On April 30, 2007, the Brookings Center on the United States and Europe held its fourth annual conference. As in previous years, the annual conference brought together scholars, officials, and policymakers from both sides of the Atlantic to examine the evolving roles of the United States and Europe in the global arena. Panel discussions covered some critical issues about Europe and the U.S.-Europe relationship: “The French Elections”, “NATO and Afghanistan” and “Islam in Europe”. Panelists included, among others, Lt. General Karl Eikenberry, Deputy Chairman of the NATO Military Committee; Ashraf Ghani, former Finance Minister of Afghanistan; Tufyal Choudhury of Durham University; Philip Gordon of the Brookings Institution; and Corine Lesnes from Le Monde.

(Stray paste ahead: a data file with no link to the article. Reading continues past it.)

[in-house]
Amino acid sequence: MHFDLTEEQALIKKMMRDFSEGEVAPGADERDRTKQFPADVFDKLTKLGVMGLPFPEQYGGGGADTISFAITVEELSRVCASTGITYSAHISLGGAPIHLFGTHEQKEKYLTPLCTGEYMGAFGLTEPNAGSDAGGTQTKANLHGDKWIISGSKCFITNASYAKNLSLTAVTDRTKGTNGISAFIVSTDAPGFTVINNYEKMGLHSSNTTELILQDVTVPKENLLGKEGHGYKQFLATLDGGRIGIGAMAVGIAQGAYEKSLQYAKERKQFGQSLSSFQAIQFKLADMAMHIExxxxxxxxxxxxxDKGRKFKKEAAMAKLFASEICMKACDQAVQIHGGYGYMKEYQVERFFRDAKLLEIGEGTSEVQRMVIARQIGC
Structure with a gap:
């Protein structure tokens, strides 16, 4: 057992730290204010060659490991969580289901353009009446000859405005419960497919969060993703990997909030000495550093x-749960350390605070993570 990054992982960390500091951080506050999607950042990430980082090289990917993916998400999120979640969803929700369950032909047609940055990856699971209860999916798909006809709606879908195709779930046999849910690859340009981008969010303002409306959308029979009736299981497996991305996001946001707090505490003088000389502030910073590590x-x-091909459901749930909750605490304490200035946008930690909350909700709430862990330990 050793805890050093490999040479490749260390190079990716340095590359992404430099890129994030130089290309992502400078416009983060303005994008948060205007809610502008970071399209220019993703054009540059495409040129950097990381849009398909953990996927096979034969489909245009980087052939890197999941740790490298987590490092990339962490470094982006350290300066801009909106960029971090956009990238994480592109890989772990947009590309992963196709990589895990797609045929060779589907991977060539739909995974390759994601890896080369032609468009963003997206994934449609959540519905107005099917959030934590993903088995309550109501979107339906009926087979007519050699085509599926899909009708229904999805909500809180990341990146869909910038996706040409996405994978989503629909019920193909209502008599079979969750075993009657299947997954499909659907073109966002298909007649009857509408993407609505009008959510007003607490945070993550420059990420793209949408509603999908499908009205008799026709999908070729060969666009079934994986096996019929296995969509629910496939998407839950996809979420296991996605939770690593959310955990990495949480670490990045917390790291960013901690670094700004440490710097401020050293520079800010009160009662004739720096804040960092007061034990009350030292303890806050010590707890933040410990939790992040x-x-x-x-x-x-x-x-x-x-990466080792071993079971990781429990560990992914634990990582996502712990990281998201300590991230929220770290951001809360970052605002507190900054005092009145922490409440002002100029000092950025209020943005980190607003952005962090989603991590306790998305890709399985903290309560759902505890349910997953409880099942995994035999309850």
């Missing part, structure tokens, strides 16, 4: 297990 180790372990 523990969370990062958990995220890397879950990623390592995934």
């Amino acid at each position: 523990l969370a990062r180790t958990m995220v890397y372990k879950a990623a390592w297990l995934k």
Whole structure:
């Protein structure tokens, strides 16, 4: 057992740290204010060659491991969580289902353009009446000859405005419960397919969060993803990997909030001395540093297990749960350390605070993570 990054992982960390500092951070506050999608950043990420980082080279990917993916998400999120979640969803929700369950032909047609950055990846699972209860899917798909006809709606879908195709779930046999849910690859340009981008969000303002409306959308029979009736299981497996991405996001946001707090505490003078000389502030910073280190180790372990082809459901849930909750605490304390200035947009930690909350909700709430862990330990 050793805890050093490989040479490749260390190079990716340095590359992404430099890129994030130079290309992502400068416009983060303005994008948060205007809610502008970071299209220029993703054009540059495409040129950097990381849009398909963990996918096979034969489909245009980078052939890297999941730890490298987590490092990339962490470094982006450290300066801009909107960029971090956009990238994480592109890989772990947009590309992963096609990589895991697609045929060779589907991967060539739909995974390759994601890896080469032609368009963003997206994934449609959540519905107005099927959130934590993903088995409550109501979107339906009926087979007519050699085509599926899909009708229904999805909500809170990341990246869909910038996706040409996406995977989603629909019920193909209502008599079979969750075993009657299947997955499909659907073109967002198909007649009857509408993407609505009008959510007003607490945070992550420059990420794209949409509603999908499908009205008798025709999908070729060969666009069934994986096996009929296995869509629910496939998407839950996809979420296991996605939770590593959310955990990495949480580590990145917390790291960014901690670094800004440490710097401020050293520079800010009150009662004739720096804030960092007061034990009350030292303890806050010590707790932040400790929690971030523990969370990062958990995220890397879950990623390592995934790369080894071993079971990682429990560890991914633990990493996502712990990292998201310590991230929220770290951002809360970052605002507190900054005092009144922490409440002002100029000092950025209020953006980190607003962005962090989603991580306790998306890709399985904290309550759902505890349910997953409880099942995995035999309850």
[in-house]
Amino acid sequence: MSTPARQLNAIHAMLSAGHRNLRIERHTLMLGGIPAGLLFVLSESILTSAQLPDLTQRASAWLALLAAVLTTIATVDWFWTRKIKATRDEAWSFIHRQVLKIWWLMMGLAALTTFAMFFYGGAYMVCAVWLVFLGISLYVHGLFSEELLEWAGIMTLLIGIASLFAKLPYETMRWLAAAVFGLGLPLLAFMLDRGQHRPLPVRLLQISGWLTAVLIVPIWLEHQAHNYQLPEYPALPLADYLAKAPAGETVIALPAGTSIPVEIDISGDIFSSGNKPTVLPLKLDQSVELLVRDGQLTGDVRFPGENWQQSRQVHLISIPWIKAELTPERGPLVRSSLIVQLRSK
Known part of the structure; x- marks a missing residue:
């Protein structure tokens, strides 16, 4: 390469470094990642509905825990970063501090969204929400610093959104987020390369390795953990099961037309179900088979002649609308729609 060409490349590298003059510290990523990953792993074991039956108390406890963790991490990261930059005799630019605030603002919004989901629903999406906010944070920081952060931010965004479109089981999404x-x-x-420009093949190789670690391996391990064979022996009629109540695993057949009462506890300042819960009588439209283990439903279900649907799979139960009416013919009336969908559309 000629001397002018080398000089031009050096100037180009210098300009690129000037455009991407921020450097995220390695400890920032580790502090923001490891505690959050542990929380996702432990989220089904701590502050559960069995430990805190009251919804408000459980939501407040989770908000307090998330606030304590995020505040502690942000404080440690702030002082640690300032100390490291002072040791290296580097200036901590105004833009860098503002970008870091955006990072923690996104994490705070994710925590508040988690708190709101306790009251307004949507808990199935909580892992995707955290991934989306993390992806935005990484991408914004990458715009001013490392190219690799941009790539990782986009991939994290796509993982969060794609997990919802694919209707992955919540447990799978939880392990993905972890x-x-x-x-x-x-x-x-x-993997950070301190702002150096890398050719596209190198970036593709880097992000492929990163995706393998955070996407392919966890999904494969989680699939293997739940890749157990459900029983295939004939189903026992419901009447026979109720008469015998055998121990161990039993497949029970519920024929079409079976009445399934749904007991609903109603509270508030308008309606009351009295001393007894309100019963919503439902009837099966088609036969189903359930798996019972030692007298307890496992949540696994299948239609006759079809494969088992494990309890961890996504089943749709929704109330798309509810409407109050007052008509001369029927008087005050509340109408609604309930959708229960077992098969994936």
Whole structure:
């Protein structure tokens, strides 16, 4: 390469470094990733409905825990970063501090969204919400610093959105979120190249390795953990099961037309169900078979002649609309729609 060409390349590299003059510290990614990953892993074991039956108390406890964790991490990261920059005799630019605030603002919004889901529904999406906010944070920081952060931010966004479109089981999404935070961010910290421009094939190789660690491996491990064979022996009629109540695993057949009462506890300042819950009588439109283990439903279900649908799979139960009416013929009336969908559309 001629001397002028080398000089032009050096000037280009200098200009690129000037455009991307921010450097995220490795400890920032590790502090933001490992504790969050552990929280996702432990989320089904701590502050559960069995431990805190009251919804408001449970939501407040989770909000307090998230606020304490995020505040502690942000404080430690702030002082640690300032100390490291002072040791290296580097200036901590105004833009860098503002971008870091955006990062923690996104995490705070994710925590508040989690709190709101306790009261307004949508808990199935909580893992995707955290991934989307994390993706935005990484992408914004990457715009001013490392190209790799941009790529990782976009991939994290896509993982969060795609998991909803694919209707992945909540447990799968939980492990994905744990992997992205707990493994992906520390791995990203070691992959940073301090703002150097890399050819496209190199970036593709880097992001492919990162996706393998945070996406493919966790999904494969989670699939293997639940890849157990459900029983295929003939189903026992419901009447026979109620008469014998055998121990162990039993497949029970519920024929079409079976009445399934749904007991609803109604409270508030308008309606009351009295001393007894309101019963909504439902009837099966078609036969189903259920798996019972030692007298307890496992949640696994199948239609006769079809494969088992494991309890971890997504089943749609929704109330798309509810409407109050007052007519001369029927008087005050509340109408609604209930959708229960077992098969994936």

|8:30 a.m.||Continental breakfast available|
|8:50 a.m.||Welcome and Introduction
Strobe Talbott, President, The Brookings Institution
|9:00 – 10:30 a.m.||
“The French Elections”
|10:30 – 10:45 p.m.||Break|
|10:45 a.m. –
“NATO in Afghanistan”
|12:15 – 1:30 p.m.||Buffet Lunch (Saul/Zilkha)|
|1:30 – 3:00 p.m.||
“Islam in Europe”
The Center on the United States and Europe Annual Conference is made possible by the generous support of the German Marshall Fund of the United States
At its most recent annual conference, the Brookings Center on the United States and Europe focused on three issues: the French elections which brought Nicolas Sarkozy to power, NATO’s difficult mission in Afghanistan, and the implications of Europe’s changing demographics.
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Rather than serving as a unifying diplomatic exercise to highlight Iran’s troubling regional activities, the [Warsaw] summit primarily highlighted America’s diplomatic isolation from its European allies.